When entering the South Korea's Gyeonggi English Village (GEV) Paju Camp, which started formal operation to receive students on Monday, a mini English town appears in front of visitors' eyes.
The old style mini train, the "castle" and "Stonehenge" in the camp make you like stay in a "theme park" rather than an English village.
The GEV Paju Camp makes several world firsts concerning the capacity, size, number of foreign teachers and budget, according to Jeffrey D. Jones, executive director of the camp.
The Gyeonggi Province invested 85 billion won (87.6 million U.S. dollars) to construct the camp at 277,200-square-meter site in Paju, some 45 kilometers north to Seoul. It can simultaneously accommodate 550 students a day.
It also has 100 native speaking teachers and 50 South Korean teachers who both have background of English teaching and education.
As the GEV's Ansan camp, located some 100 kilometers southwest to Seoul, the Paju Camp also provide various program suitable for school students, families, English teachers, kids and military personnel.
The Ansan camp of GEV opened in August 2004, which can offer the programs to 200 students a day.
Gyeonggi Province has been dedicated to make the GEV as a new model for public education. It combines participation in English village with school lessons through active cooperation with the provincial office of education.
"We do not provide grammar class, what we do is to make sure kids have fun in using English and are comfortable to communicate with foreigners in English," Jones told Xinhua.
"South Korean students always turn away when they see foreigners, fearing to communicate with foreigners although they spend much time on studying English... To break down the fear wall is the primary goal, " said Jones, who also the CEO of Gyeonggi English Culture Foundation.
Although students stay a short period of time in the camp, two days or one week, they acquire confidence in communicating in English.
As non-English speaking country, South Korean students always focus on studying grammar and vocabulary, but pay little attention to communicate. Here, at the GEV Paju camp, children have chance to use what they learned in class.
Upon arriving, students are required to take steps for entry with English-speaking interviews at an international airport-like immigration office. From here, students start their living in the "English town."
Students are encouraged to only speak English in the camp. They will utilize broadcasting studio, small theater, bank, post office, hospital, police station, restaurant and kitchen in the camp to practise how to communicate in English.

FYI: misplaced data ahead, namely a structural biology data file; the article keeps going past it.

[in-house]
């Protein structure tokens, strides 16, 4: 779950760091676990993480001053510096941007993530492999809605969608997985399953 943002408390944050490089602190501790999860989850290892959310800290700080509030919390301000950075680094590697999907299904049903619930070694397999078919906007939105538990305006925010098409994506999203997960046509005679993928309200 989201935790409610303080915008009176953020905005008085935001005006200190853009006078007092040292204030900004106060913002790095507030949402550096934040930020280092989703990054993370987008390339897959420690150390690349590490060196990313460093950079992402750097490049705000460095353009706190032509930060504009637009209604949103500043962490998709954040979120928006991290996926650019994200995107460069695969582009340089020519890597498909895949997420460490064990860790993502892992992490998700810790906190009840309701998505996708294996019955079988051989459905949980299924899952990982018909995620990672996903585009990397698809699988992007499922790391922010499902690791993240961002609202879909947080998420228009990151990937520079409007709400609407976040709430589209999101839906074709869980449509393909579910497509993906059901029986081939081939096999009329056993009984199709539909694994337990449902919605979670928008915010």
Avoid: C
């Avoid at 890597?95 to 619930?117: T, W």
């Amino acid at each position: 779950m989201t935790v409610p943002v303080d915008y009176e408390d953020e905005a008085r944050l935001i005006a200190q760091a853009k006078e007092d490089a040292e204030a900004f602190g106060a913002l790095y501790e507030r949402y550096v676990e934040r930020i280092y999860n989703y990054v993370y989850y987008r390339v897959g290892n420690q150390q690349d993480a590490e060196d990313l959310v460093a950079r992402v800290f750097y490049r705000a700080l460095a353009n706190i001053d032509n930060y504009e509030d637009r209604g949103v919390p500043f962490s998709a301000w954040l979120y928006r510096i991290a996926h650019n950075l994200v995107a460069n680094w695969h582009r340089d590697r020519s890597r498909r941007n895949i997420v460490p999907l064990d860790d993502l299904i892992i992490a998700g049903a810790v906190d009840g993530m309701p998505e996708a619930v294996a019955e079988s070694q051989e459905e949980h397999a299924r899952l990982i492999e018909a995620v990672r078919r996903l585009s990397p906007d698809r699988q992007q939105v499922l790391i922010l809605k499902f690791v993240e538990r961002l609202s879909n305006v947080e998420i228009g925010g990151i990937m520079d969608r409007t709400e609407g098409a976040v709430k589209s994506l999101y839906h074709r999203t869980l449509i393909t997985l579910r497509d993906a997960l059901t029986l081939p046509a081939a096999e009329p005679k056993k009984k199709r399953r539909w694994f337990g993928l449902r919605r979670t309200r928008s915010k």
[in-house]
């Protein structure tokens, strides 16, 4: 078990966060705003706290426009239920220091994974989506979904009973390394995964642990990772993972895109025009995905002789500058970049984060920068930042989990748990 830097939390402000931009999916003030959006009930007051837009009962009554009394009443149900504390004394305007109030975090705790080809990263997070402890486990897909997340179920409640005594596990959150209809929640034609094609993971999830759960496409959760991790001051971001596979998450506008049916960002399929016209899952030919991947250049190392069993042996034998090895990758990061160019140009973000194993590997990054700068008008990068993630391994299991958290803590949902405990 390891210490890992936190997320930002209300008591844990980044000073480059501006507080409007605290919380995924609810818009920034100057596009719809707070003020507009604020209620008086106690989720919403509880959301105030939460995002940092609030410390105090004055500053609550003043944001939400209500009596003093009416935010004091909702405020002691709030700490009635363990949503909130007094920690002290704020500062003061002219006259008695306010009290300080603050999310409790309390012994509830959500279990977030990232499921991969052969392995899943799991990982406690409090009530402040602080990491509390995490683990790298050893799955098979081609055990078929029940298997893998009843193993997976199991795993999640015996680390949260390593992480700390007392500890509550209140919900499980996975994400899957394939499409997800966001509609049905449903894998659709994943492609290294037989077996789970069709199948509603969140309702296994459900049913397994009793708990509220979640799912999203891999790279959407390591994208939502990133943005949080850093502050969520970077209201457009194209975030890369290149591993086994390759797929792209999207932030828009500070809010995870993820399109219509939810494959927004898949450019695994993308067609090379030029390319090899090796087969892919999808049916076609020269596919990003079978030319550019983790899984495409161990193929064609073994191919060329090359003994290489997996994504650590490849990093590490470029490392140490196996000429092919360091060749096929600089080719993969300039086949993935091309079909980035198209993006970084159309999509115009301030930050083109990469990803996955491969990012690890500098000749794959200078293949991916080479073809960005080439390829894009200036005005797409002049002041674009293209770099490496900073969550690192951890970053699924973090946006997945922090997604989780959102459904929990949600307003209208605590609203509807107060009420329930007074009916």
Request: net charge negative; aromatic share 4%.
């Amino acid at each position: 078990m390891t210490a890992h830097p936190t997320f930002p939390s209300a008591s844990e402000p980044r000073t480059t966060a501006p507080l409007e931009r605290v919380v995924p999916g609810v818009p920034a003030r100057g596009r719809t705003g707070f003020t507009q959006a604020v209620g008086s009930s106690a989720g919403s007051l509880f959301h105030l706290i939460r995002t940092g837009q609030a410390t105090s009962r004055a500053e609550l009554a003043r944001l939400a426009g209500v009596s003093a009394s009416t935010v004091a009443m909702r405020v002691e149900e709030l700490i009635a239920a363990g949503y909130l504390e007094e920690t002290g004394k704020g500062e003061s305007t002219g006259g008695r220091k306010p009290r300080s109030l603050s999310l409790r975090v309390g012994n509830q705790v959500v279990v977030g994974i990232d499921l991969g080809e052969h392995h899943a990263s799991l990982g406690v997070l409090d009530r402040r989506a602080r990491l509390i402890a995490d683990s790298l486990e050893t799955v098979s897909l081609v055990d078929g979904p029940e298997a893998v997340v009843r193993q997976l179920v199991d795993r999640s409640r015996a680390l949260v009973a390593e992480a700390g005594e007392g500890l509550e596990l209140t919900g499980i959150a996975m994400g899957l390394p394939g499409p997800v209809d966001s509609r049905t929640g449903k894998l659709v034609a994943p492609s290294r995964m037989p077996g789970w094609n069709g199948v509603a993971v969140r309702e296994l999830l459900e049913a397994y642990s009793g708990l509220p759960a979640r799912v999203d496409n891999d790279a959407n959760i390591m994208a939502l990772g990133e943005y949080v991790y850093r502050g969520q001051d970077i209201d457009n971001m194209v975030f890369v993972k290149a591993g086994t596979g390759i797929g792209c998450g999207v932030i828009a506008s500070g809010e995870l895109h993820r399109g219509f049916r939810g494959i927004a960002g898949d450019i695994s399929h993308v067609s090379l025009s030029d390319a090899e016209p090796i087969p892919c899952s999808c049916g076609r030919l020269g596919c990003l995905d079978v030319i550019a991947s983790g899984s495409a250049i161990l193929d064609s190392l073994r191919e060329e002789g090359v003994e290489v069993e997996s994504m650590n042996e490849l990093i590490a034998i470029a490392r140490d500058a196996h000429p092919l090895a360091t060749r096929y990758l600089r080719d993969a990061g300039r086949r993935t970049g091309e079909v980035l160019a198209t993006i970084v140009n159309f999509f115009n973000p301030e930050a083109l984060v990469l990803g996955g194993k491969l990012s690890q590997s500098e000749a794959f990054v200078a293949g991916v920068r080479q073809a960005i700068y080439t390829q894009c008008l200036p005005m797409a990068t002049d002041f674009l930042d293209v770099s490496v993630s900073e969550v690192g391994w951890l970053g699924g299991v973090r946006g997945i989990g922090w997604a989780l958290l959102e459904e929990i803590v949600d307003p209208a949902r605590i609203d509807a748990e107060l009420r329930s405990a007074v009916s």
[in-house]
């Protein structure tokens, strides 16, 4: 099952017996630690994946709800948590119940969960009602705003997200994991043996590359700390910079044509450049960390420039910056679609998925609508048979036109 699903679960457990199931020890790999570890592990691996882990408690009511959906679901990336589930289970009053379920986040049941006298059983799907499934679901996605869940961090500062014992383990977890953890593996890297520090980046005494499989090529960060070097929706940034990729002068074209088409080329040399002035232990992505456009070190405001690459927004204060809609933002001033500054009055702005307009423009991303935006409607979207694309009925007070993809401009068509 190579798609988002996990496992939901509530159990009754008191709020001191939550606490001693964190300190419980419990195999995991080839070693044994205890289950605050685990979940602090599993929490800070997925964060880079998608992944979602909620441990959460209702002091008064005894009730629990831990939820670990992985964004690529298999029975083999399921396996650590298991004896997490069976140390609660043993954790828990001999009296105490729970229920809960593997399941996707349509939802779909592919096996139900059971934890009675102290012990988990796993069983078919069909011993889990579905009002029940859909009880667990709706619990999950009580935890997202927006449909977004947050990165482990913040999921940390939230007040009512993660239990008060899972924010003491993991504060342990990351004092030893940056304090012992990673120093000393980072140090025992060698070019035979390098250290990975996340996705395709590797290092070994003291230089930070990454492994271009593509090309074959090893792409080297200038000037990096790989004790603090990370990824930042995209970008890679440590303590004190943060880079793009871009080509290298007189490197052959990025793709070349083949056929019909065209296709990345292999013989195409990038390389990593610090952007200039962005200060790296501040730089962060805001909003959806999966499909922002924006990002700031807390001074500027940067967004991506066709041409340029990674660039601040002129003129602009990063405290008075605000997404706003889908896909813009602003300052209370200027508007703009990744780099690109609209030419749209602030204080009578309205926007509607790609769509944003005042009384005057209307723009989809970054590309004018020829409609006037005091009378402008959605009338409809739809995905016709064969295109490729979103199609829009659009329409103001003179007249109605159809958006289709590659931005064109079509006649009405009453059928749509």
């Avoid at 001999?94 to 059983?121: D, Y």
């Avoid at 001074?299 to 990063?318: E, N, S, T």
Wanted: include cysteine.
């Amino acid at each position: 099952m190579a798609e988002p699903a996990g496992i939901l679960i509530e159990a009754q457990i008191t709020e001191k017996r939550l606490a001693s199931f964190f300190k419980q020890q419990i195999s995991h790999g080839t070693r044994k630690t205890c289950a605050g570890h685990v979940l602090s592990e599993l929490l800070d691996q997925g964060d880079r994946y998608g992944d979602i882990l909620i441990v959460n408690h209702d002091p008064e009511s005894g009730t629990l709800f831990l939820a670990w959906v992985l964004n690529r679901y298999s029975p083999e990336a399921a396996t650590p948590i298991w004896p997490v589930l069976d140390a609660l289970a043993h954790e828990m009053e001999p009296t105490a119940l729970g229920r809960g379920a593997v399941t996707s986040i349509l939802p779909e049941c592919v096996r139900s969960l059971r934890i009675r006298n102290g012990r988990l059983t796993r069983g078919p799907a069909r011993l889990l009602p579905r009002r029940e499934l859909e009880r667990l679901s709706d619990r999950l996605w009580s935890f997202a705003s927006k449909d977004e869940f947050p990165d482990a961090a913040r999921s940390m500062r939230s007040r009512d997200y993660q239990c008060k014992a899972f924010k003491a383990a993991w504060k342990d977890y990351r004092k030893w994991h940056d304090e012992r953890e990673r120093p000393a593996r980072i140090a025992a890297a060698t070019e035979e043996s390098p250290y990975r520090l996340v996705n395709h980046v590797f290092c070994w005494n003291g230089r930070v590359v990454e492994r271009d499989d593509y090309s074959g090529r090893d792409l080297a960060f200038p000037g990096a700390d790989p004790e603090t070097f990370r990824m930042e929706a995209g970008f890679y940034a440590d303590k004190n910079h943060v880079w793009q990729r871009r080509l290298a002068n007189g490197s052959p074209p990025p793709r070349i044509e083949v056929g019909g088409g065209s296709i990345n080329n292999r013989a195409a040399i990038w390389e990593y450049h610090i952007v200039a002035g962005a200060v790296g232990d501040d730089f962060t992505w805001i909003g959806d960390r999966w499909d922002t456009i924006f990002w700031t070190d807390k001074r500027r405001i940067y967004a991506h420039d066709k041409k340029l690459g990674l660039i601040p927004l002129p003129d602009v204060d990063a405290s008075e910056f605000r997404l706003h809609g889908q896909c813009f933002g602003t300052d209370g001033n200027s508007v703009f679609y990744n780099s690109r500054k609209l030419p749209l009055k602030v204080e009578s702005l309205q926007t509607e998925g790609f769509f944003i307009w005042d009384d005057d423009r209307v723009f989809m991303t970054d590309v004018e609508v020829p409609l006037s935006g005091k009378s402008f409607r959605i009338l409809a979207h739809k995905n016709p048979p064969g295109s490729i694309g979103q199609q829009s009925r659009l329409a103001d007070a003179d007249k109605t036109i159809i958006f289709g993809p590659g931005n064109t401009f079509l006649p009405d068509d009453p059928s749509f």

The camp also boasts various cultural facilities such as indoor and outdoor theaters, an exhibition hall and museum and a multi- purpose gymnasium including a swimming pool, basketball court and soccer field.
According to a report released by (South) Korea Education Development Institute earlier this year, the number of South Korean primary school and middle school students who went abroad for study is 10 times as six years ago.
The report said during March 2004 to February 2005, a total of 14,640 primary school and middle school students went abroad for study. While in 1998, the figure was only 1,562.
Moreover, most of those students chose the English-speaking countries, such as the United States, Canada, News Zealand and Australia, as their destinations.
Such trend of sending school students to foreign countries to learn foreign language became more and more popular among the rich and middle class in the Asian country. But poor family's children in the country have not the chance.
South Korean rich families invest almost seven times more than the poor families in private education of children, according to a statistics of the National Statistic Office in late last year.
Gyeonggi Province hopes to narrow "education gap" between the rich and the poor by the GEV. The two camps, Ansan and Paju of the GEV, allow students from poor families to attend the programs free- of-charge.
Here, at GEV, children from poor families can enjoy all the facilities, attend programs suitable for them and communicate with native English teachers free-of-charge.